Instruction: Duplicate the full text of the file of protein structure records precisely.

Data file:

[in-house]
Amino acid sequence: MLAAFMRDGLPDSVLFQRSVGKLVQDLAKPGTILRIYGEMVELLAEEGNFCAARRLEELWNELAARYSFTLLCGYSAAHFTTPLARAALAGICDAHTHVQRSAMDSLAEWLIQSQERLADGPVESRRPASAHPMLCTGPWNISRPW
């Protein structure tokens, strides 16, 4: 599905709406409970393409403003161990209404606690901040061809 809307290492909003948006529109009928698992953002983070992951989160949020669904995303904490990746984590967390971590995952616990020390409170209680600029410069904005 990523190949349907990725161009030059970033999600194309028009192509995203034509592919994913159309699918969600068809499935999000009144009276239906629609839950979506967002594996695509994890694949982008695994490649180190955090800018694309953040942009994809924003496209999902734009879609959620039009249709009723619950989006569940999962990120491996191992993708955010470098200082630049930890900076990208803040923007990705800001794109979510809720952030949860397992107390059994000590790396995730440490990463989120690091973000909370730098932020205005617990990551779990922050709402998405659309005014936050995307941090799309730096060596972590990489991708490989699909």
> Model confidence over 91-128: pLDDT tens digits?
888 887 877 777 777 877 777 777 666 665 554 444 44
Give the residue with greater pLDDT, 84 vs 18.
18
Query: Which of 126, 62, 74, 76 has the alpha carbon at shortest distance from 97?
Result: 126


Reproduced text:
[in-house]
Amino acid sequence: MLAAFMRDGLPDSVLFQRSVGKLVQDLAKPGTILRIYGEMVELLAEEGNFCAARRLEELWNELAARYSFTLLCGYSAAHFTTPLARAALAGICDAHTHVQRSAMDSLAEWLIQSQERLADGPVESRRPASAHPMLCTGPWNISRPW
């Protein structure tokens, strides 16, 4: 599905709406409970393409403003161990209404606690901040061809 809307290492909003948006529109009928698992953002983070992951989160949020669904995303904490990746984590967390971590995952616990020390409170209680600029410069904005 990523190949349907990725161009030059970033999600194309028009192509995203034509592919994913159309699918969600068809499935999000009144009276239906629609839950979506967002594996695509994890694949982008695994490649180190955090800018694309953040942009994809924003496209999902734009879609959620039009249709009723619950989006569940999962990120491996191992993708955010470098200082630049930890900076990208803040923007990705800001794109979510809720952030949860397992107390059994000590790396995730440490990463989120690091973000909370730098932020205005617990990551779990922050709402998405659309005014936050995307941090799309730096060596972590990489991708490989699909």
> Model confidence over 91-128: pLDDT tens digits?
888 887 877 777 777 877 777 777 666 665 554 444 44
Give the residue with greater pLDDT, 84 vs 18.
18
Query: Which of 126, 62, 74, 76 has the alpha carbon at shortest distance from 97?
Result: 126